High heels are high fashion and many women enjoy wearing them. But long-term high heel wearing can cause foot problems like corns and calluses and ingrown toenails, and even tendon damage that may be irreversible.
Your Whole Body is Affected by Wearing High Heels
While wearing high heels, your body weight shifts to the ball of the foot which is not designed to bear that much weight. Your toes are forced into the tip of the shoe.
With this body weight shift, your center of gravity is affected and your body tilts forward. Unconsciously you arch your back to compensate, and this sends your spine out of alignment. Your hip position also changes which affects your feet and knees.
High Heels Cause Many Common Foot Problems
Excess pressure on the toes can cause corns and calluses, bunions and ingrown toenails. Sometimes the ball of the foot can become painfully inflamed, a condition called metatarsalgia. If the metatarsal bones of the ball of the foot are squeezed together, a neuroma may form which is a painful cyst on a nerve.
Wearing high heels may also result in a shortened Achilles tendon in the back of the heel. Over time this can permanently shorten the leg muscles, making walking difficult even in flat shoes.
You Can Wear High Heels without Pain
Ladies, don’t worry! Stavros O. Alexopoulos, DPM assures you that with some careful shopping and limiting the time spent in high heels, you can continue to enjoy your closet full of fashionable heels. Use common sense when purchasing and wearing heels:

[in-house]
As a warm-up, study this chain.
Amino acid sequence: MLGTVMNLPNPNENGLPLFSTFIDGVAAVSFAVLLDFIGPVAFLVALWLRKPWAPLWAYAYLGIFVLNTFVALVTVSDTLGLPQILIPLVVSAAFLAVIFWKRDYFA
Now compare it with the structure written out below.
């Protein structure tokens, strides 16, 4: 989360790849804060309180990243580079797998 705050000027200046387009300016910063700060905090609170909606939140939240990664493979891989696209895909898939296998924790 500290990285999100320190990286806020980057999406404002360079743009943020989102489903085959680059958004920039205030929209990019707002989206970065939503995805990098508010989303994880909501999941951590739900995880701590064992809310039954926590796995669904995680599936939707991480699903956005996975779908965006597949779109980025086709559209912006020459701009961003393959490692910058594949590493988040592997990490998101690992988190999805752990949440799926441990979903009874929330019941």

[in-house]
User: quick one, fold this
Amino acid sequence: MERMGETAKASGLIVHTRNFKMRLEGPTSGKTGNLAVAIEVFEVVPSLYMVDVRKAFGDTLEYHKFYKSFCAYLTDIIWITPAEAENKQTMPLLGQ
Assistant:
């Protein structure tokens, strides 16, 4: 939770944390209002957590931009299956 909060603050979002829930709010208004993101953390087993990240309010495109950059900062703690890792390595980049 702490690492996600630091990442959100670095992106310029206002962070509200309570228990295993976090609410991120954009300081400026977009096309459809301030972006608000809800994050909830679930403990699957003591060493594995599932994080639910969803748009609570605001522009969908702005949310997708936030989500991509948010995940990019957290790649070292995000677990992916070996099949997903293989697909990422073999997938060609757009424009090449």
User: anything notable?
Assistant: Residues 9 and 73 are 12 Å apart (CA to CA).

- Choose shoes with heels that ideally are 2 inches high or less.
- Reduce impact by adding inner soles with soft cushioning.
- Avoid excess pressure on the toes by selecting shoes with a generous toe area.
- Take a break from heels by alternating with flat shoes.
- Stay away from stilettos that have very narrow heel bases. Wedges and other shoes with wider heel bases are more stable and allow weight to be more evenly distributed.
- Get in the habit of wearing sturdy flat shoes for commuting – you can change into your dressy high heels at work.
- Avoid high heels with “peep toes” as toes slip forward in these and may result in an ingrown toenail.
Make stretching a regular part of your fitness routine to lengthen tendons.
Continued Foot Pain from High Heels is not Normal
If you have any foot or ankle pain from wearing high heels, a change of shoe may not be enough to relieve the situation. A visit with board-certified podiatrist Dr. Alexopoulos at our Chicago office can pinpoint the reason for your foot pain. After a careful examination, we will recommend treatment for any problems found. You can contact us through the website for an appointment or call us at 773-561-8100. Pamper yourself by wearing trendy high heels – but don’t forget to pamper your feet too if you have any pain or discomfort.